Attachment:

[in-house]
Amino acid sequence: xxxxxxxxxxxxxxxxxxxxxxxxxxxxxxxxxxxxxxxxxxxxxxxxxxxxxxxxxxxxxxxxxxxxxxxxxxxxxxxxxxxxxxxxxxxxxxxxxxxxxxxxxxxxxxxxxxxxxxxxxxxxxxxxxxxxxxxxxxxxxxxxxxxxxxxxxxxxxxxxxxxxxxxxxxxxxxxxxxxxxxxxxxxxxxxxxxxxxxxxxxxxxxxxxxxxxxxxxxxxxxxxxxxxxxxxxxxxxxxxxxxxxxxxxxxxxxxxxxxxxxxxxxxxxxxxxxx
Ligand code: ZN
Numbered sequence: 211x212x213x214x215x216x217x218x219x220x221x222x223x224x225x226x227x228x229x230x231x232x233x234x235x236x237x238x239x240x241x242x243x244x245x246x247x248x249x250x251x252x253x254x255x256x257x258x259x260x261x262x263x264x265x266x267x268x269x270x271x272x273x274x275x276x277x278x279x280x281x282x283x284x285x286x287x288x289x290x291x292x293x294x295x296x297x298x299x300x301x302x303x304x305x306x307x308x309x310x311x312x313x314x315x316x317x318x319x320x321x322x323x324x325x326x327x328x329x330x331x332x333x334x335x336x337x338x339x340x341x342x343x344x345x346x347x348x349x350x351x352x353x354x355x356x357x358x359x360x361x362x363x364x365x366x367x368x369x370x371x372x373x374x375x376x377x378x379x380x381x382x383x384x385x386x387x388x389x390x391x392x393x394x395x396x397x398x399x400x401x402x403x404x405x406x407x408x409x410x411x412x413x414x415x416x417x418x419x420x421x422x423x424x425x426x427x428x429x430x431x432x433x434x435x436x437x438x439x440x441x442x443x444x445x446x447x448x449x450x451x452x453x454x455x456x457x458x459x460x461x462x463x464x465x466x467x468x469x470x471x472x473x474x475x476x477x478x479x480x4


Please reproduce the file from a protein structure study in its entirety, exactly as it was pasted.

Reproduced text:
[in-house]
Amino acid sequence: xxxxxxxxxxxxxxxxxxxxxxxxxxxxxxxxxxxxxxxxxxxxxxxxxxxxxxxxxxxxxxxxxxxxxxxxxxxxxxxxxxxxxxxxxxxxxxxxxxxxxxxxxxxxxxxxxxxxxxxxxxxxxxxxxxxxxxxxxxxxxxxxxxxxxxxxxxxxxxxxxxxxxxxxxxxxxxxxxxxxxxxxxxxxxxxxxxxxxxxxxxxxxxxxxxxxxxxxxxxxxxxxxxxxxxxxxxxxxxxxxxxxxxxxxxxxxxxxxxxxxxxxxxxxxxxxxxx
Ligand code: ZN
Numbered sequence: 211x212x213x214x215x216x217x218x219x220x221x222x223x224x225x226x227x228x229x230x231x232x233x234x235x236x237x238x239x240x241x242x243x244x245x246x247x248x249x250x251x252x253x254x255x256x257x258x259x260x261x262x263x264x265x266x267x268x269x270x271x272x273x274x275x276x277x278x279x280x281x282x283x284x285x286x287x288x289x290x291x292x293x294x295x296x297x298x299x300x301x302x303x304x305x306x307x308x309x310x311x312x313x314x315x316x317x318x319x320x321x322x323x324x325x326x327x328x329x330x331x332x333x334x335x336x337x338x339x340x341x342x343x344x345x346x347x348x349x350x351x352x353x354x355x356x357x358x359x360x361x362x363x364x365x366x367x368x369x370x371x372x373x374x375x376x377x378x379x380x381x382x383x384x385x386x387x388x389x390x391x392x393x394x395x396x397x398x399x400x401x402x403x404x405x406x407x408x409x410x411x412x413x414x415x416x417x418x419x420x421x422x423x424x425x426x427x428x429x430x431x432x433x434x435x436x437x438x439x440x441x442x443x444x445x446x447x448x449x450x451x452x453x454x455x456x457x458x459x460x461x462x463x464x465x466x467x468x469x470x471x472x473x474x475x476x477x478x479x480x4